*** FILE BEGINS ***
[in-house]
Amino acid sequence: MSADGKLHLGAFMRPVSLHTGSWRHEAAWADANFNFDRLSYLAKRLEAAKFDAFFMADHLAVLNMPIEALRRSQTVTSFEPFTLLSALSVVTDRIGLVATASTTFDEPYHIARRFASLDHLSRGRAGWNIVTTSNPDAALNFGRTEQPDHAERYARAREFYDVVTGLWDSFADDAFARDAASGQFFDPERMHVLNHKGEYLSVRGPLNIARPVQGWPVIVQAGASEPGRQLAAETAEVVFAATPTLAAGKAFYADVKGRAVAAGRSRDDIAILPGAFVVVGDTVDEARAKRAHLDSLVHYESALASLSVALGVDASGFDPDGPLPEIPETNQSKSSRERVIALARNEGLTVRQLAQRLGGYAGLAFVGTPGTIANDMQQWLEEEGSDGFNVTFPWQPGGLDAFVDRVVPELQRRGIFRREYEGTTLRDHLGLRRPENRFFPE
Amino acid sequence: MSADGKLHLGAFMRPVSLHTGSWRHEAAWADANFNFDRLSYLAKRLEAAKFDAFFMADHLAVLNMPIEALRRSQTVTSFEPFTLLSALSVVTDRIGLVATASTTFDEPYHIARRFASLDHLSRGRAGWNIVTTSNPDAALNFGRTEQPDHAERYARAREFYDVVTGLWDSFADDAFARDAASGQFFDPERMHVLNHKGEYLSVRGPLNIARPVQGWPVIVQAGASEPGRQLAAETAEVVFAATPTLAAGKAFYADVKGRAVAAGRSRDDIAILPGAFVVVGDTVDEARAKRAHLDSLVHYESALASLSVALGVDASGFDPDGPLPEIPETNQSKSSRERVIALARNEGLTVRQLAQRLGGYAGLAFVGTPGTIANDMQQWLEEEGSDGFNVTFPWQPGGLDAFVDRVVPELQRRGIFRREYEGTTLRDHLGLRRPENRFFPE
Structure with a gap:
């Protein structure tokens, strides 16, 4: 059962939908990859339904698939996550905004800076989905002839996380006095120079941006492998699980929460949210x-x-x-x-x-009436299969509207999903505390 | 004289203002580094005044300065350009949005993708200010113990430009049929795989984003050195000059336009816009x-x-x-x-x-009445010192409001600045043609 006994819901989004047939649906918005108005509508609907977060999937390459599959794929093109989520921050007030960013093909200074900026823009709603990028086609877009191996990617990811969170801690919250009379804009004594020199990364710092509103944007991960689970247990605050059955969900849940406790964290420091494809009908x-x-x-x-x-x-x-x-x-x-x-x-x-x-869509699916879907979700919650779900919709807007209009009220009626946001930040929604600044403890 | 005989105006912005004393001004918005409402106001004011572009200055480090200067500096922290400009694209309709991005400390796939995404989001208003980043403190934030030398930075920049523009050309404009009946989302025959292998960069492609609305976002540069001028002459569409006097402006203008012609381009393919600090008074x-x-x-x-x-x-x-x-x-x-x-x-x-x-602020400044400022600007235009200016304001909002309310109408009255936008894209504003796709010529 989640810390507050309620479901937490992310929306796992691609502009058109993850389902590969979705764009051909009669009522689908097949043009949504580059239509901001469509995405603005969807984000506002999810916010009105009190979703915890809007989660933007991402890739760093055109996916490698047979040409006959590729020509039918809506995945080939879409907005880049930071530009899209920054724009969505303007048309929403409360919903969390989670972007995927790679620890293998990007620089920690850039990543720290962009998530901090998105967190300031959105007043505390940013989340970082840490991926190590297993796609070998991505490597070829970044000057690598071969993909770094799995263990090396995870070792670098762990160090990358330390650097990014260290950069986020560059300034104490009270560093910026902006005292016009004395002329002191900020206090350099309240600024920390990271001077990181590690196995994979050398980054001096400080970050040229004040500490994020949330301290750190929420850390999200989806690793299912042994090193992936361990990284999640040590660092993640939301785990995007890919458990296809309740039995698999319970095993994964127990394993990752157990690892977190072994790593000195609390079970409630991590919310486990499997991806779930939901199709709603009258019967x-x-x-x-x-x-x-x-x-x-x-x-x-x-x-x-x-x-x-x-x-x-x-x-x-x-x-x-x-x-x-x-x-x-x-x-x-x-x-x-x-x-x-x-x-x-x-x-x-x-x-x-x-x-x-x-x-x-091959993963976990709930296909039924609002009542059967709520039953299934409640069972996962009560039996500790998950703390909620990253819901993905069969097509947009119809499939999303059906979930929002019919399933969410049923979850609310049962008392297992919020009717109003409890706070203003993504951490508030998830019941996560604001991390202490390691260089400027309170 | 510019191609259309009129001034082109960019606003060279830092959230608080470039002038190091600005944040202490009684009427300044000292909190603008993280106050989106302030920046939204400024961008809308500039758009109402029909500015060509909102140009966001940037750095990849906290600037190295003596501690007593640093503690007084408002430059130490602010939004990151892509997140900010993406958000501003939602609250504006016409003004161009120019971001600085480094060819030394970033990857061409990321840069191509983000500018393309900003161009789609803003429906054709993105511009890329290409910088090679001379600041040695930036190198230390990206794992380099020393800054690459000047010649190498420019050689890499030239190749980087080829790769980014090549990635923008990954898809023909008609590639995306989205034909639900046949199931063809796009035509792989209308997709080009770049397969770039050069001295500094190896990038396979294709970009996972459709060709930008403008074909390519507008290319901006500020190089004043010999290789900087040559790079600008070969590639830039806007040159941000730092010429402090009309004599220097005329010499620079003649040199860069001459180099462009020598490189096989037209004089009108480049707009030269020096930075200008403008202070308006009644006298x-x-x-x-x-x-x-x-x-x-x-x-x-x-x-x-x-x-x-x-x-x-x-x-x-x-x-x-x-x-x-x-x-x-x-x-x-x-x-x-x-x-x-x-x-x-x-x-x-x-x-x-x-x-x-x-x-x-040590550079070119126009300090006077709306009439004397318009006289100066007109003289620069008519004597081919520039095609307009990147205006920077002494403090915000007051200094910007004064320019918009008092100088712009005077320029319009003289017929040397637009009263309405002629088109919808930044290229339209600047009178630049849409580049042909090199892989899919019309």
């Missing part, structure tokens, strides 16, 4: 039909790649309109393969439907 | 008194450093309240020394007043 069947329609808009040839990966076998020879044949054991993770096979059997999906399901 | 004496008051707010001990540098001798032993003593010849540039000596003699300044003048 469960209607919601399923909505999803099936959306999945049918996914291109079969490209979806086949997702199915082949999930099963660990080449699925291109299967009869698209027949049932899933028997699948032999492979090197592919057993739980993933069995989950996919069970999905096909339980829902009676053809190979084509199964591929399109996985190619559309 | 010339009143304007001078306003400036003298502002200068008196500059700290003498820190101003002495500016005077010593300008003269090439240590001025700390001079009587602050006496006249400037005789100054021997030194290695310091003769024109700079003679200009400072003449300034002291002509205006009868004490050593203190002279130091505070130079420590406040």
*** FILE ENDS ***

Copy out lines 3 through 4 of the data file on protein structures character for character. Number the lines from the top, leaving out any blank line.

Amino acid sequence: MSADGKLHLGAFMRPVSLHTGSWRHEAAWADANFNFDRLSYLAKRLEAAKFDAFFMADHLAVLNMPIEALRRSQTVTSFEPFTLLSALSVVTDRIGLVATASTTFDEPYHIARRFASLDHLSRGRAGWNIVTTSNPDAALNFGRTEQPDHAERYARAREFYDVVTGLWDSFADDAFARDAASGQFFDPERMHVLNHKGEYLSVRGPLNIARPVQGWPVIVQAGASEPGRQLAAETAEVVFAATPTLAAGKAFYADVKGRAVAAGRSRDDIAILPGAFVVVGDTVDEARAKRAHLDSLVHYESALASLSVALGVDASGFDPDGPLPEIPETNQSKSSRERVIALARNEGLTVRQLAQRLGGYAGLAFVGTPGTIANDMQQWLEEEGSDGFNVTFPWQPGGLDAFVDRVVPELQRRGIFRREYEGTTLRDHLGLRRPENRFFPE
Structure with a gap: